Fast forward to eighteen months ago. July of 2009 is when my mom, Josephine Ann (aka Josie, JoAnn, Jo) Kelley, was diagnosed with pancreatic cancer. Chemo wasn’t an option because of all of her other medical conditions, and same with surgery. Eighteen months of “waiting it out”. I don’t get home to visit family nearly as often as I’d like to… it’s typically the holiday season and maybe one or two other times throughout the year. The last time I saw her was Mother’s Day of last year. I tried a few times to make plans to come down for Thanksgiving and/or Christmas, but my mom screamed at me saying that she didn’t want me to see her in her condition at the holidays. One thing I know after all my time on this earth with my mother is that she says what she means. Telling me not to come during the holidays means not to come during the holidays.
So all these months later, I finally see my mom today. This amazingly strong woman who has never taken shit from anyone and who has fought for everything that she’s ever had in her life, is now laying near-lifeless in a hospice bed with tubes coming out of her body, an orangish-yellow tint from kidney failure, her face skeletal and literally half the weight of the last time I saw her. This woman, who my (wonderful, wonderful, wonderful) step father has seen slowly deteriorating over the last year and a half has done the complete opposite for me. Three or four visits over that timeframe and she’s gone from a veritable She-Hulk to a fraction of who she once was.
This simple fact makes me guilty beyond words. Yes, life happens. Yes, I have a job and friends and a partner and my own life on the other side of the country… but the guilt of seeing my dying mother less than a handful of times over the past 18 months is killing me right now. After all the hard times that I went through after I moved away from home, now is the time that things are good. Now is when things are stable. I have a wonderful life in California with great friends that care about me and a partner who is a dream come true. Someone who supports me as a person, who cares about me and my dreams and my goals. Someone who loves me unconditionally and who challenges me and who always has a shoulder for me to lean on. I live in a beautiful condo where I get to work in a loft office and not deal with corporate bullshit anymore. I’m finally financially stable after making so, so, so many stupid mistakes in my life.
Finally… things are good. And then this. And now, of all times, this is when the universe decides it’s a good time to take my mother from me. Now, when I could start visiting her more often and walk along the Gulf coast with her asking her all kinds of mundane questions like “what kinds of things did you regret doing as a kid?” or “I just learned how to make the best turkey chili… wanna make it together?” or “I know you don’t like alcohol, but want to try one of my guinness cupcakes?” Now is when I have to come to Florida to watch my mother die.
I could parade a few paragraphs of “it’s not fair” or “why her, why now?” or any number of other death cliches, but that’s not how I want this time to be spent. To be perfectly honest, I’m not even sure how I want this time to be spent… but I do know that, with all her strength and all her stubbornness, my mother would not want that. She’s ready to “be in heaven” and to “meet her maker” and all that stuff that I’m so quick to categorize as jibberish or nonsense. Even this evening, when I walked into her room and lost my composure at the sight of her severe weight loss, she just looked at me and said “don’t cry, Marquis”. I know that she doesn’t want this to be a sad event, but… well… it is.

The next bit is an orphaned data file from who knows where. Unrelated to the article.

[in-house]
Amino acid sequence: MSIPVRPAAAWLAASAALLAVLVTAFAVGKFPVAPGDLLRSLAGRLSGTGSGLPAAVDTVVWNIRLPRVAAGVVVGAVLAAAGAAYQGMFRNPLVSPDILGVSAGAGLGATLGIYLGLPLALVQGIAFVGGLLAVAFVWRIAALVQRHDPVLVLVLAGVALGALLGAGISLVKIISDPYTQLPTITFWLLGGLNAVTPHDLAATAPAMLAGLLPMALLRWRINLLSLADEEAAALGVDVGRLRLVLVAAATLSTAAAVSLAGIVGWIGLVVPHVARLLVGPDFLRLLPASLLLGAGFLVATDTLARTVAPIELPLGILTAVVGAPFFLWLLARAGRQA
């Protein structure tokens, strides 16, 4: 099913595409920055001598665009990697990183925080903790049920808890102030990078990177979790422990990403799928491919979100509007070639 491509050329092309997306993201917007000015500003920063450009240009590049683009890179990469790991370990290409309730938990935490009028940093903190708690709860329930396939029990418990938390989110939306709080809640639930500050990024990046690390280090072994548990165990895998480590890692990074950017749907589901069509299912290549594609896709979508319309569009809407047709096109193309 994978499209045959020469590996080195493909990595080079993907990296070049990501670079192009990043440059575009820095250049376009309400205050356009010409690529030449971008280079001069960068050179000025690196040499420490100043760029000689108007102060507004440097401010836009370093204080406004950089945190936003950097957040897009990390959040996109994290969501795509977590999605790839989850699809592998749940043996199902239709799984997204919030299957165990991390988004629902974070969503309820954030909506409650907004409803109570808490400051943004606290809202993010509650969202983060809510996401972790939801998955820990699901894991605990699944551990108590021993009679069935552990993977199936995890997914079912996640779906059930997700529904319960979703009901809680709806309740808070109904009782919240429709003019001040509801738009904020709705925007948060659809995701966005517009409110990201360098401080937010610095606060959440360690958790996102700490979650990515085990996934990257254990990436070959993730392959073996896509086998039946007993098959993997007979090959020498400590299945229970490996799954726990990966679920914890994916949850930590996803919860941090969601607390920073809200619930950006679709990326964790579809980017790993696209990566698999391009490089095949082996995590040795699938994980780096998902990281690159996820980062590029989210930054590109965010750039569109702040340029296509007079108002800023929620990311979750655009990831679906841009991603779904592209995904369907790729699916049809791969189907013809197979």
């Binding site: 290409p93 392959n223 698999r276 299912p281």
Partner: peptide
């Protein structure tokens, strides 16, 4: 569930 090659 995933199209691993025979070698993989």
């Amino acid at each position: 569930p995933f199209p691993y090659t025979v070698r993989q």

I don’t know how to end this entry. I wish I had a positive spin to throw in, but I really don’t. I know all the cliches, and I know all the things that people say to make people like me feel better at times like this. ”It’ll get better… just hang in there” or “My thoughts and/or prayers are with you and your family” or “it’s just going to get harder before it gets better, but it will get better”, but right now, as harsh as it sounds, none of that means anything. Right now they’re all just words. It’s not that I don’t appreciate that people are trying to be supportive and let me know that they’re there for me, but none of those words are going to reverse the cancer that’s taking my mom away from me. None of those phrases are freezing the swiss cake rolls like my mom used to do because she knew that made them exponentially better in my eyes. None of those condolences are teaching me to shave because my deadbeat dad never made the time to do so. None of those words can make my mom run out the front door and hug me like there was no tomorrow when I came home to visit.
I never got to show my mom around San Francisco because for years she couldn’t fly. I couldn’t show her the view from Coit Tower. I couldn’t drive her across the Golden Gate Bridge or to the top of Twin Peaks or Ocean Beach. I never got to take her to the Sea Ranch Lodge or the Chapel where I want to get married one day.
There are so many things that I regret not being able to do… whether it was my fault or nobody’s fault. All I know, at this point, is that I hope that throughout the rest of my days on this planet, I hope for just half the strength that she’s had her whole life.
I’m sorry this is just miserable. I’m so drained and exhausted and sad right now. Then again, this isn’t really for anyone but me. I needed to let this out. Good night, Marquis.